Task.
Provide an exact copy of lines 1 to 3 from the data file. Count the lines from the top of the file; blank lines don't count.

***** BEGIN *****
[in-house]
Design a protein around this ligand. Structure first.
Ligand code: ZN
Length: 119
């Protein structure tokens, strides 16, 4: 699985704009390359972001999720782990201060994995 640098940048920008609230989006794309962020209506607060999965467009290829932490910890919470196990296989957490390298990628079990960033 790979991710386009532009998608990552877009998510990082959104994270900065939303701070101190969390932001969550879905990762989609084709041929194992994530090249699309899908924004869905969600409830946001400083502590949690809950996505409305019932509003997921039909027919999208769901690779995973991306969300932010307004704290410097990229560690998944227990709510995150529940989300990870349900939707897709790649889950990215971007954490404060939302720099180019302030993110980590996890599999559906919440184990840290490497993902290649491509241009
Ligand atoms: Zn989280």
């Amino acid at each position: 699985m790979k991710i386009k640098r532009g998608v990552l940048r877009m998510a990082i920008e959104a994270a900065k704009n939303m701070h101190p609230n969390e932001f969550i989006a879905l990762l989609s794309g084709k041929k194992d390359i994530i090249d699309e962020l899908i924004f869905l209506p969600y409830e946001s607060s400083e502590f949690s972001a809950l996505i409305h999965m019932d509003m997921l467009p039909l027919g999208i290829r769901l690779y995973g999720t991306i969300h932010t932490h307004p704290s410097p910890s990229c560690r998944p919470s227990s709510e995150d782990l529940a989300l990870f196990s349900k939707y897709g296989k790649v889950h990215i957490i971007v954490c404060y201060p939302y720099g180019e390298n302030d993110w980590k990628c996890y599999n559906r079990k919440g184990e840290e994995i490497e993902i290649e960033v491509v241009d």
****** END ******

[in-house]
Design a protein around this ligand. Structure first.
Ligand code: ZN